Chinese Painting: Aesthetics and History
Elaine Yin Ning KWOK
This course looks at the history and aesthetics of Chinese painting and its role in Chinese culture, showing that art and life often are closely intertwined with each other. The following themes will be dealt with: the aesthetic evaluation of painting;; the pictorial features unique in Chinese ink painting;; the roles of the artist and the spectator;; the aesthetic principles of Chinese painting;; the cultural hierarchy of painting, poetry and calligraphy;; the aesthetic valuation of expressiveness
and descriptiveness in painting;; and the cultural correlation between the quality of a painting and the virtue of the painter. Historically, we will cover landscape painting since the Five Dynasties (907 to 960), the evolution of literati painting since the Song dynasty (960-1279), the evaluation of painting in the Ming dynasty (1368-1644), the eccentric culture in big cities in Qing China (1644- 1911), and the cultural assimilation of European painting since the 20th century. We will deal with
these topics by examining major works of painting and by analyzing primary texts as well as contemporary scholarly writings.
Detailed Course Outline is available on Blackboard.
Week 1: Introduction: Prejudices and Misconceptions
Week 2: The Neolithic to the Han Dynasty: Picturehood vs Objecthood
Week 3: The Three Kingdoms to the Tang Dynasty: The Six Laws
Week 4: The Five Dynasties to the Northern Song Dynasty
Week 5: The Southern Song Dynasty to the Yuan Dynasty: The Artist & the Personified
Week 6: The Ming Dynasty: Art and Society
Week 7: The Qing Dynasty: Art, Society, and China-Europe Interactions
Week 8: The 20th Century: Art, Chineseness and Global Context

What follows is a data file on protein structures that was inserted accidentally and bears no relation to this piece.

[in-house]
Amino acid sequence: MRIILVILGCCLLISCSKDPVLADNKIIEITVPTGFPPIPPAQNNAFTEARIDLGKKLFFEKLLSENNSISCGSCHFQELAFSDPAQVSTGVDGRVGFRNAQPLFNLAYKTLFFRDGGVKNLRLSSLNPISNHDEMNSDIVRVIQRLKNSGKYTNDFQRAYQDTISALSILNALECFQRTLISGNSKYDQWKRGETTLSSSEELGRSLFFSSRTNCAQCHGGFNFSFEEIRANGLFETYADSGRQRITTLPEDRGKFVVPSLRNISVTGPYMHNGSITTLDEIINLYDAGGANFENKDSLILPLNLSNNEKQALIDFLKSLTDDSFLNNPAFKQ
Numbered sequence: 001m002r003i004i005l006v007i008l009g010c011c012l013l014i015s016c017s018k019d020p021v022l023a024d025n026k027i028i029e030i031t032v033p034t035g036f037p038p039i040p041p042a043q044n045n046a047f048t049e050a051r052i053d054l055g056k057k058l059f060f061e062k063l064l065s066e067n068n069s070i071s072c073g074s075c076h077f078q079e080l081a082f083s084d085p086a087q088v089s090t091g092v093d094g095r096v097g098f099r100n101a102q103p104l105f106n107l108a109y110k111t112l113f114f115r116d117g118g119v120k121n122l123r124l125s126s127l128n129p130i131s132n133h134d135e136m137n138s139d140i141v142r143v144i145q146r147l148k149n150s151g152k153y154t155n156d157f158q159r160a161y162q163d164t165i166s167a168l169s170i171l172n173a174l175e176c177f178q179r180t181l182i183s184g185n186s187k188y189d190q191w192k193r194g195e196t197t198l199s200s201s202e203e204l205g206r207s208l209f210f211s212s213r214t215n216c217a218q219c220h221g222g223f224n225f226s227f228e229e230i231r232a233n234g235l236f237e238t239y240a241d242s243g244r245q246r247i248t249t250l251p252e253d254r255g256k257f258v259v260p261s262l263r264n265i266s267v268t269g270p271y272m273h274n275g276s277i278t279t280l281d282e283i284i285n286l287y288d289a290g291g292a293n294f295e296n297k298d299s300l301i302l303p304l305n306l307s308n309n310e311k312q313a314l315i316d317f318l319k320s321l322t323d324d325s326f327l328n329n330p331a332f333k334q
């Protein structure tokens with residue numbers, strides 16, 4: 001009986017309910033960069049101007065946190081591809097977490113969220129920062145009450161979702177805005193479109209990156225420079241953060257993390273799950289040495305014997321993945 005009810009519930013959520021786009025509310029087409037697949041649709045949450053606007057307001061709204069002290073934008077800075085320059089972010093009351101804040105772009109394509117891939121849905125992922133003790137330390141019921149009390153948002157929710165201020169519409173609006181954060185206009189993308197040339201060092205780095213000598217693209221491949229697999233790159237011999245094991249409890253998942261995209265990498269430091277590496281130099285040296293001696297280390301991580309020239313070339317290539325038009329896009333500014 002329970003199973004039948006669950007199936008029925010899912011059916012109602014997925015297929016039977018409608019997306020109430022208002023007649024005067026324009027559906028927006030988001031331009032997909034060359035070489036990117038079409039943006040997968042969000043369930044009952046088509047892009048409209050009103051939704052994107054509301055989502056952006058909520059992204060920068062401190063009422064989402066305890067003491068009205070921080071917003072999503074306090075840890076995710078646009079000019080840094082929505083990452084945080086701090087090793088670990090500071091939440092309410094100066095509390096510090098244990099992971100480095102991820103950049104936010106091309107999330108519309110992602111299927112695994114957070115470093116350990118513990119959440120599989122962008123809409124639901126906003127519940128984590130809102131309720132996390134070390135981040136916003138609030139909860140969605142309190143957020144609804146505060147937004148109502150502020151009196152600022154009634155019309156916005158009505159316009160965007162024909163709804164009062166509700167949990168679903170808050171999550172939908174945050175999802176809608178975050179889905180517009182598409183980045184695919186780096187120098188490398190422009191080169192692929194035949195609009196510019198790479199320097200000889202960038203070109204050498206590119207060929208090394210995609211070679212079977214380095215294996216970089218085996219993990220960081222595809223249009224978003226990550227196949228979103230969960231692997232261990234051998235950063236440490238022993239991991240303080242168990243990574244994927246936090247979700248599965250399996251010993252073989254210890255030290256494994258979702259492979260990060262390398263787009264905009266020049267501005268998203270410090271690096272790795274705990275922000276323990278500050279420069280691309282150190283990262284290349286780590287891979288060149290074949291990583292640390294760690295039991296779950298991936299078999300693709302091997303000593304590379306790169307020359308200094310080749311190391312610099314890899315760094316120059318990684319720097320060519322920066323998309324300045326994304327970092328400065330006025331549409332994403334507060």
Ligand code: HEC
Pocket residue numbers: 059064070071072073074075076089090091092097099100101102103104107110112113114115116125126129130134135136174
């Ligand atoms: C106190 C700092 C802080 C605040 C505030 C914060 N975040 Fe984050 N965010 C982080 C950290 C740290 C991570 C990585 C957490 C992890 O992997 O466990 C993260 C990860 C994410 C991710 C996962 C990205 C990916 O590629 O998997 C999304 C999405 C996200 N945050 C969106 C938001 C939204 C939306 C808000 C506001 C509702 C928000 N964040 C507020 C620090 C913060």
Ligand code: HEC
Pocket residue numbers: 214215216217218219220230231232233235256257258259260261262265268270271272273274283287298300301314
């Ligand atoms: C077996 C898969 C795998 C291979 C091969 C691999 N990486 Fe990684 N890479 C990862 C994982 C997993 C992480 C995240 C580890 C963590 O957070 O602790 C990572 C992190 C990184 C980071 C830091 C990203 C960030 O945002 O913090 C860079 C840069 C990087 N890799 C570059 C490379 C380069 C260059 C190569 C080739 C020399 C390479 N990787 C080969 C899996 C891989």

Week 9: Visual Analysis Presentation & Written Report Due
Week 10: Special Topic 1: Landscape Painting
Week 11: Special Topic 2: Litrati Painting
Week 12: Special Topic 3: Chineseness and Aesthetic Essences
Week 13: Special Topic 4: Cross-Cultural Exchange
Assessment & Assignments
Visual analysis – presentation (10%) and written report (10%)
In-class seminar on one special topic (30%)
Final paper (50%)
Honesty in Academic Work
Attention is drawn to University policy and regulations on honesty in academic work, and to the disciplinary guidelines and procedures applicable to breaches of such policy and regulations. Details may be found at http://www.cuhk.edu.hk/policy/academichonesty/.
With each assignment, students will be required to submit a signed declaration that they are aware of these policies, regulations, guidelines and procedures.
- In the case of group projects, all members of the group should be asked to sign the declaration, each of whom is responsible and liable to disciplinary actions, irrespective of whether he/she has signed the declaration and whether he/she has contributed, directly or indirectly, to the problematic contents.
- For assignments in the form of a computer-generated document that is principally text-based and submitted via VeriGuide, the statement, in the form of a receipt, will be issued by the system upon students’ uploading of the soft copy of the assignment.
Assignments without the properly signed declaration will not be graded by teachers.
Only the final version of the assignment should be submitted via VeriGuide.
The submission of a piece of work, or a part of a piece of work, for more than one purpose (e.g. to satisfy the requirements in two different courses) without declaration to this effect shall be regarded as having committed undeclared multiple submissions. It is common and acceptable to reuse a turn of phrase or a sentence or two from one’s own work; but wholesale reuse is problematic. In any case, agreement from the course teacher(s) concerned should be obtained prior to the submission of the piece of work.